A Private Matter: Tale Of Two Moralities
Cast your mind back, if you will, to the summer of 2012. Close your eyes for a moment and picture a puffed up Prime Minister waxing lyrical about the morality of paying taxes. Listen as he chastises the rich and famous, like comedian Jimmy Carr, for funnelling their money off-shore to avoid making a fair contribution to society.
“I think some of these schemes – and I think particularly of the Jimmy Carr scheme – I have had time to read about and I just think this is completely wrong” lectured Cameron, full to the brim with pompous indignation. There was more as he invoked the hard working people, at the heart of his ‘big society’.
“People work hard, they pay their taxes, they save up to go to one of his shows. They buy the tickets. He is taking the money from those tickets and he, as far as I can see, is putting all of that into some very dodgy tax avoiding schemes.
“……some of these schemes we have seen are quite frankly morally wrong.”
Of course we now know the true depths of Cameron’s hypocrisy and, while it’s not at all surprising to many of us, it is nonetheless repulsive. Not only was the Prime Minister’s own father a major beneficiary of these ‘dodgy schemes’, managing to avoid paying tax for thirty years and enriching his own family into the bargain, but the Tory Party its self is funded by money that could and should have been supporting economies all over the globe.
When challenged specifically on his father’s involvement in tax evasion, the Prime Minister’s spokesman responded somewhat arrogantly by stating that the subject was a”private matter”. It seems there’s one morality for comedians and another for the parents of Prime Ministers.
If only the hypocrisy stopped there. It doesn’t. Sadly this a government that brands refugees, fleeing death and destruction, as economic migrants, opportunists who are simply after a slice of our pie. At the same time they turn a blind eye, or worse actually benefit from speculators who line their own pockets, while the rest of us pick up the tab for their failed economics.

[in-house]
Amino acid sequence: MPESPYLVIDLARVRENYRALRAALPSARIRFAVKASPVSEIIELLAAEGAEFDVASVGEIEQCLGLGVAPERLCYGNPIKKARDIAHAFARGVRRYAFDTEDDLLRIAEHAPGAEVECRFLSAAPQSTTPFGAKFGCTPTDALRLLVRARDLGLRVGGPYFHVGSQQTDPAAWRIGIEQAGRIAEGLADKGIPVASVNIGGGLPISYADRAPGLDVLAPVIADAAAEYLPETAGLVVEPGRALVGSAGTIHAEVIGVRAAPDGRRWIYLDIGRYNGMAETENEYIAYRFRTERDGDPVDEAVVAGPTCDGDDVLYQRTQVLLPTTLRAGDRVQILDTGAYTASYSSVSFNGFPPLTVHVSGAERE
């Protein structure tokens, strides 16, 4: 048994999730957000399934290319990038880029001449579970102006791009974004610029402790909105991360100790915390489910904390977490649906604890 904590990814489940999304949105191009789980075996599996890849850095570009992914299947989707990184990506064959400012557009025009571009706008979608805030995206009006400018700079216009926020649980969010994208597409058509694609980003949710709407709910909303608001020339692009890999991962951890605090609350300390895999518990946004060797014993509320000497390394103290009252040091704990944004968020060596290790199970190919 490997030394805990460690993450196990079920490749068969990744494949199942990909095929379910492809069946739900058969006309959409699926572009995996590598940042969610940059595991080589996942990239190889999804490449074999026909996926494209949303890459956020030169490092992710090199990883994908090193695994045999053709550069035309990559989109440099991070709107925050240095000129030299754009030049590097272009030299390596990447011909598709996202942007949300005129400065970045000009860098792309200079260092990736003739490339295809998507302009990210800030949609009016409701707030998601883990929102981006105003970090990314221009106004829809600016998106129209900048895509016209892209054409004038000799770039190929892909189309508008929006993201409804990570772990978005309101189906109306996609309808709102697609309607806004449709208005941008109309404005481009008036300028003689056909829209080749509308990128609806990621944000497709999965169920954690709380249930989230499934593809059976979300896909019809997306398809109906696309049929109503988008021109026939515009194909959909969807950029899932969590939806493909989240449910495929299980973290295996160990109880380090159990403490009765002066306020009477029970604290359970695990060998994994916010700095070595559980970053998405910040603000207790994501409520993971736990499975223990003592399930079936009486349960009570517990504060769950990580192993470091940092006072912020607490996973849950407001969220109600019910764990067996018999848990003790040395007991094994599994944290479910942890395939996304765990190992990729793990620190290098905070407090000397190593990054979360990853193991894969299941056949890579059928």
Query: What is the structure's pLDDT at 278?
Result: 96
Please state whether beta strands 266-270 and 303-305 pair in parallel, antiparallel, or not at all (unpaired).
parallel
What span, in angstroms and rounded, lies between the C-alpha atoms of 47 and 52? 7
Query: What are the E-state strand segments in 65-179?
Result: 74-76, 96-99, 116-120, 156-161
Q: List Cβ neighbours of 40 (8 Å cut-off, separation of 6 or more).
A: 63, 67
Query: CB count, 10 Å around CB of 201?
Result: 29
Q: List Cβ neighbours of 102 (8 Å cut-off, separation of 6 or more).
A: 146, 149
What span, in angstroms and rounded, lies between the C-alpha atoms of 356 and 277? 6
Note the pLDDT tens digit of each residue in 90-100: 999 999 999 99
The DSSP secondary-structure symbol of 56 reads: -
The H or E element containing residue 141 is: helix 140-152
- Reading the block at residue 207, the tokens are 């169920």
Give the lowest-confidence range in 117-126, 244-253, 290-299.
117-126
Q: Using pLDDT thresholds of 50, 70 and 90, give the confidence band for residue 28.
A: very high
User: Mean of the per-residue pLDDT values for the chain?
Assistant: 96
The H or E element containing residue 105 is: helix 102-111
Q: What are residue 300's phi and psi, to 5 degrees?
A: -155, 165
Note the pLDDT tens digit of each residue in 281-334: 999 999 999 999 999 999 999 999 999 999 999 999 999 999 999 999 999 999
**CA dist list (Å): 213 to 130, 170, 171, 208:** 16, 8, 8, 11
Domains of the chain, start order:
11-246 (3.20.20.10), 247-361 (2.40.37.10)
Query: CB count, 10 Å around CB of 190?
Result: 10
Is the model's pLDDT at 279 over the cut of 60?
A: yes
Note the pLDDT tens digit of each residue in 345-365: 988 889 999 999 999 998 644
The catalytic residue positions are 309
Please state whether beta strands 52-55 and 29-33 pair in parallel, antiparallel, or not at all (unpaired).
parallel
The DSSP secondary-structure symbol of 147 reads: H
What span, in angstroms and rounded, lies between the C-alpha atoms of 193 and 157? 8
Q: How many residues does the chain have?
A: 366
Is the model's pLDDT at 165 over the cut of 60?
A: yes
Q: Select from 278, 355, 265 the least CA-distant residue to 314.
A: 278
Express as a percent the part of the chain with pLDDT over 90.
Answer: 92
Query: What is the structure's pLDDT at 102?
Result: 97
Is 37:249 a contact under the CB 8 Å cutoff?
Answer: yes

This same government has proposed robbing the disabled of £30 per week, while at the same time handing out tax breaks to the highest earners. Of course they had to back away from that one, but their allegiances are clear. Whether it’s taxation, welfare, housing, education, healthcare or the steel industry, David Cameron’s ‘Big Society’ stretches only as far as the boardroom.
Time and again the claim that the Conservatives are the Party of hard-working people has been exposed for the meaningless slogan it is. Surely we must also now put to the sword another enduring myth; the one that suggests all of us can aspire to the good life, if only we work hard enough.
How can anyone still believe this, after witnessing British steel workers sacrificed so that our government can curry favour with the Chinese? Revelations that the rich and powerful practice greed on an industrial scale, have surely dealt the myth of the upwardly mobile working poor its fatal blow.
To put it simply, you can work as hard as you like, you can save as much as you want, but the gap between those at the bottom and the top just keeps getting wider. The game is rigged.
For a long time this arrangement has been intolerable, but so long as enough people were convinced of the equity of the current system, the prospect of change has seemed improbable.
The Panama files and all the other injustices listed here should infuriate us all. It should drive us to campaign harder for a fairer economics, equality of opportunity, democracy and social justice.
Such aspirations are not some utopian dream. They are entirely achievable, if only we could liberate the vast riches hoarded by a tiny minority. As Paul Mason recently argued, what is the purpose of developing an economy, if not to create a fair and decent society for everyone?
This May, in the local government elections, we have a chance to deliver our collective verdict on a system that rewards greed and punishes hard work. None of us can afford to waste that opportunity.